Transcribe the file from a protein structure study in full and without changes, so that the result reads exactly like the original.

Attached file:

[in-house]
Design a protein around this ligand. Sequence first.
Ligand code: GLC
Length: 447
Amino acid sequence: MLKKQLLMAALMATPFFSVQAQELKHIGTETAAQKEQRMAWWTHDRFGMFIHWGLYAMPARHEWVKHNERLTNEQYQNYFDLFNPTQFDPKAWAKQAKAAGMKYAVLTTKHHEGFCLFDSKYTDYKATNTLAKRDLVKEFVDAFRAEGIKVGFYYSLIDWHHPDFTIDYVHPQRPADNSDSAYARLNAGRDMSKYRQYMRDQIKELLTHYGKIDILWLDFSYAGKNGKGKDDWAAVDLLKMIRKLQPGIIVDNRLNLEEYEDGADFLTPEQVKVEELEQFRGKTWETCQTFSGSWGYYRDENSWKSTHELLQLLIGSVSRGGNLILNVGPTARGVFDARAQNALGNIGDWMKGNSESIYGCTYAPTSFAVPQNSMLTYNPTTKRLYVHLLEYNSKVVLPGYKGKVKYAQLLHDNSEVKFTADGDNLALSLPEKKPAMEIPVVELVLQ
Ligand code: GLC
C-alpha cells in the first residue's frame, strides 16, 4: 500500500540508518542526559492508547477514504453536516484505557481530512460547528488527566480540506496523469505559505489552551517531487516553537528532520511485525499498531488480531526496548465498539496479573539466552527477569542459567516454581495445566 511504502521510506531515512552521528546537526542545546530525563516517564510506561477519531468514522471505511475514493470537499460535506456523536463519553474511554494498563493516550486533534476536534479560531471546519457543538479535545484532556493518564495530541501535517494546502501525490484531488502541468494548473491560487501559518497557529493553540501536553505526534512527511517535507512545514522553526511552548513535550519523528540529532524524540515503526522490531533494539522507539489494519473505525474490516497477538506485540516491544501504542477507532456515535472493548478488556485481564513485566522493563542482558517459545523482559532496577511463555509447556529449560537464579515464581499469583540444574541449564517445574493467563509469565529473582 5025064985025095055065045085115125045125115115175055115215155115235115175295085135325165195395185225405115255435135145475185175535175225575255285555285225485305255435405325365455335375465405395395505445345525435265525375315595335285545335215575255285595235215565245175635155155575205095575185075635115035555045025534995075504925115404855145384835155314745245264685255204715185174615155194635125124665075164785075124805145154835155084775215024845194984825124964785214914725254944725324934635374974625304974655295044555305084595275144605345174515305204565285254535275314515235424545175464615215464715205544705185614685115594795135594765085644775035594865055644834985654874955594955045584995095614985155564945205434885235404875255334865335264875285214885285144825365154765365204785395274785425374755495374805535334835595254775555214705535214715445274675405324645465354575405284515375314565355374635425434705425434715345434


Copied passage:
[in-house]
Design a protein around this ligand. Sequence first.
Ligand code: GLC
Length: 447
Amino acid sequence: MLKKQLLMAALMATPFFSVQAQELKHIGTETAAQKEQRMAWWTHDRFGMFIHWGLYAMPARHEWVKHNERLTNEQYQNYFDLFNPTQFDPKAWAKQAKAAGMKYAVLTTKHHEGFCLFDSKYTDYKATNTLAKRDLVKEFVDAFRAEGIKVGFYYSLIDWHHPDFTIDYVHPQRPADNSDSAYARLNAGRDMSKYRQYMRDQIKELLTHYGKIDILWLDFSYAGKNGKGKDDWAAVDLLKMIRKLQPGIIVDNRLNLEEYEDGADFLTPEQVKVEELEQFRGKTWETCQTFSGSWGYYRDENSWKSTHELLQLLIGSVSRGGNLILNVGPTARGVFDARAQNALGNIGDWMKGNSESIYGCTYAPTSFAVPQNSMLTYNPTTKRLYVHLLEYNSKVVLPGYKGKVKYAQLLHDNSEVKFTADGDNLALSLPEKKPAMEIPVVELVLQ
Ligand code: GLC
C-alpha cells in the first residue's frame, strides 16, 4: 500500500540508518542526559492508547477514504453536516484505557481530512460547528488527566480540506496523469505559505489552551517531487516553537528532520511485525499498531488480531526496548465498539496479573539466552527477569542459567516454581495445566 511504502521510506531515512552521528546537526542545546530525563516517564510506561477519531468514522471505511475514493470537499460535506456523536463519553474511554494498563493516550486533534476536534479560531471546519457543538479535545484532556493518564495530541501535517494546502501525490484531488502541468494548473491560487501559518497557529493553540501536553505526534512527511517535507512545514522553526511552548513535550519523528540529532524524540515503526522490531533494539522507539489494519473505525474490516497477538506485540516491544501504542477507532456515535472493548478488556485481564513485566522493563542482558517459545523482559532496577511463555509447556529449560537464579515464581499469583540444574541449564517445574493467563509469565529473582 5025064985025095055065045085115125045125115115175055115215155115235115175295085135325165195395185225405115255435135145475185175535175225575255285555285225485305255435405325365455335375465405395395505445345525435265525375315595335285545335215575255285595235215565245175635155155575205095575185075635115035555045025534995075504925115404855145384835155314745245264685255204715185174615155194635125124665075164785075124805145154835155084775215024845194984825124964785214914725254944725324934635374974625304974655295044555305084595275144605345174515305204565285254535275314515235424545175464615215464715205544705185614685115594795135594765085644775035594865055644834985654874955594955045584995095614985155564945205434885235404875255334865335264875285214885285144825365154765365204785395274785425374755495374805535334835595254775555214705535214715445274675405324645465354575405284515375314565355374635425434705425434715345434